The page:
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The brain's control of the urinary sphincter can become disrupted leading to difficulty holding urine for people living with Parkinson's. This may result in the accidental or involuntary loss of urine control, ranging from minor leakage to complete loss of urine. There are different types of incontinence that people with Parkinson's may experience, including:

  • Urge incontinence: a frequent and urgent need to use the toilet

  • Stress incontinence: an urge that usually occurs in the presence of a physical stressor such as coughing

  • Nocturia: the need to get up multiple times at night to use the toilet

There are several strategies you can try to help manage these symptoms, including:

  • Avoid bladder irritants such as foods and fluids that irritate the lining of the bladder. This includes coffee, tea, carbonated beverages, tomatoes, artificial sweeteners, or spicy/acidic foods.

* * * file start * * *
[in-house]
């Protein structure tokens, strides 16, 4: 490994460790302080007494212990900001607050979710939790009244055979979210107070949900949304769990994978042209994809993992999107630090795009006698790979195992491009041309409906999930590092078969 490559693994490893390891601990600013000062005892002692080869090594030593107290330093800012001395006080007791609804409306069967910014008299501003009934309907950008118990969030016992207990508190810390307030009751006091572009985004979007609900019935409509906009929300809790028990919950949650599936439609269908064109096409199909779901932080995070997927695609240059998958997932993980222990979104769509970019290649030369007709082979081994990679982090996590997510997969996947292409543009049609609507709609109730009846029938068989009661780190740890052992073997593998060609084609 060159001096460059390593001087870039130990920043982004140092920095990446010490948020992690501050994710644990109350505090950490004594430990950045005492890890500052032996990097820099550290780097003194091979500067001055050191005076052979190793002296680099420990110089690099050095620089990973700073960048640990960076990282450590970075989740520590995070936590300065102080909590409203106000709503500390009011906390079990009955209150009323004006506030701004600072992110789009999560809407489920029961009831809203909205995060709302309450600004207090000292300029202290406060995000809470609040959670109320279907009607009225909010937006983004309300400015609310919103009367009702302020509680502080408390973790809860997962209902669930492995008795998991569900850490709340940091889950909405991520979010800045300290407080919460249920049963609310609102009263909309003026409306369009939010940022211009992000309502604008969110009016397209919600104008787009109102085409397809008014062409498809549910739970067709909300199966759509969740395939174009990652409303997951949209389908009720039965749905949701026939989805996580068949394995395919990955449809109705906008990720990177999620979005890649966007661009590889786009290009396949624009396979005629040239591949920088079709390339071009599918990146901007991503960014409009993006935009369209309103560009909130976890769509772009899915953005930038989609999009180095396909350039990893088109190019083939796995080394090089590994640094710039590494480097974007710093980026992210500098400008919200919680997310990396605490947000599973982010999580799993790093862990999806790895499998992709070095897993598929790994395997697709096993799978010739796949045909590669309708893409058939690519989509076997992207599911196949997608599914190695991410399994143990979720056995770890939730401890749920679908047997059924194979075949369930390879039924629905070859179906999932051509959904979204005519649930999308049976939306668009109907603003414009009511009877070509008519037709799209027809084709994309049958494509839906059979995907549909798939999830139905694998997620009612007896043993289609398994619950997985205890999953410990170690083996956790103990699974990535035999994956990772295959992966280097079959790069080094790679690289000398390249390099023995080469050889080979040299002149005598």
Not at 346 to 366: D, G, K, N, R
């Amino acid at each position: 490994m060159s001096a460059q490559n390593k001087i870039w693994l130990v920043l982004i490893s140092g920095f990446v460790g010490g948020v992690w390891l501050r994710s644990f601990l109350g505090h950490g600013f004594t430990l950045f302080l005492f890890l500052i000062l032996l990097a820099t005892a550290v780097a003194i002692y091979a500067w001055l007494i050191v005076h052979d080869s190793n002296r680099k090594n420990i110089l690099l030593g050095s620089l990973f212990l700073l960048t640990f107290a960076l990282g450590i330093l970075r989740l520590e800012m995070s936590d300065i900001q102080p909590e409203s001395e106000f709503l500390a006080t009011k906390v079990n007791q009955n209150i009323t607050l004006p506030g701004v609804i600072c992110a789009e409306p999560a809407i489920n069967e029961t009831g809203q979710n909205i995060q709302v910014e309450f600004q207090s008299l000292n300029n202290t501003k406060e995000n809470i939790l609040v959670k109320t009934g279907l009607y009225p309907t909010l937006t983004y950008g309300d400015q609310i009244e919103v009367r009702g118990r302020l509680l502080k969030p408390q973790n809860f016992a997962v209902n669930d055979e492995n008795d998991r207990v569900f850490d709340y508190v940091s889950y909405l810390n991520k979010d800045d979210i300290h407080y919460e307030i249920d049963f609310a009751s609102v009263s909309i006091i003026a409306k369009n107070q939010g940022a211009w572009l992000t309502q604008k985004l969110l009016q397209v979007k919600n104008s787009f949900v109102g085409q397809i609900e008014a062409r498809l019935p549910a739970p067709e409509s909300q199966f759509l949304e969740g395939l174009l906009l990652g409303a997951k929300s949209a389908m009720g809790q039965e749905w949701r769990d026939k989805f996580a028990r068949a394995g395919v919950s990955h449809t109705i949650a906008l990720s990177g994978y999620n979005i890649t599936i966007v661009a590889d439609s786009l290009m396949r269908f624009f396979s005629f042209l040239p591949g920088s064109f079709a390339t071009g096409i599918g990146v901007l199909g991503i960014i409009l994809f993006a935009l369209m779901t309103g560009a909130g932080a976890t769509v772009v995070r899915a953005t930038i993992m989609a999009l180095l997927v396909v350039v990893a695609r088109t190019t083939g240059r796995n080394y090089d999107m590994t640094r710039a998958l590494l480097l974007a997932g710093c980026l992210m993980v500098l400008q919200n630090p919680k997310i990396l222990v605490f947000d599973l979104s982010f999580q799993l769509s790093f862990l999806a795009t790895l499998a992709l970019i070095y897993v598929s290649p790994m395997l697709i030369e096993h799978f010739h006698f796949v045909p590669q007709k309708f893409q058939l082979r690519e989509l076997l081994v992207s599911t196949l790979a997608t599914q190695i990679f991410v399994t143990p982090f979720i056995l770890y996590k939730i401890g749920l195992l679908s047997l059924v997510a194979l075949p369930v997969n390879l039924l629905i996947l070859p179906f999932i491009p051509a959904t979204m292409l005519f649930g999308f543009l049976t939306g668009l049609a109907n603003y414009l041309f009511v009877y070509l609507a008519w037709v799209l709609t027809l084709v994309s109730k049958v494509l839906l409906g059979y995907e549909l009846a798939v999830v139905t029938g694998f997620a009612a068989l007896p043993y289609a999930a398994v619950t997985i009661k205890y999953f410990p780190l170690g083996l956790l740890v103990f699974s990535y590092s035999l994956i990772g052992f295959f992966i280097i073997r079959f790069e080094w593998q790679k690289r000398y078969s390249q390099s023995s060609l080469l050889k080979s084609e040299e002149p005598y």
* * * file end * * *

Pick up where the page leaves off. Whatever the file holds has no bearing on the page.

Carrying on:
• Minimize fluids before bed to reduce toileting frequency. It's important to consume plenty of fluids but taper off about two hours prior to bedtime.

  • Try pelvic floor exercises such as Kegels to help the urethra to prevent urine from releasing.

  • Review current medications that might be leading to urinary issues. Diuretics, alpha-blockers, antidepressants, pain, and sleep medications could all play a role.

  • Consider urodynamic testing with a urologist or urinary specialist to help determine which medications may alleviate your symptoms.


Davis Phinney Foundation for Parkinson's. Every Victory Counts,  Your Go-To Resource of Essential Information and Inspiration for Living Well with Parkinson's. Pages 85-86. "Manual." Sixth Edition, 2021. 

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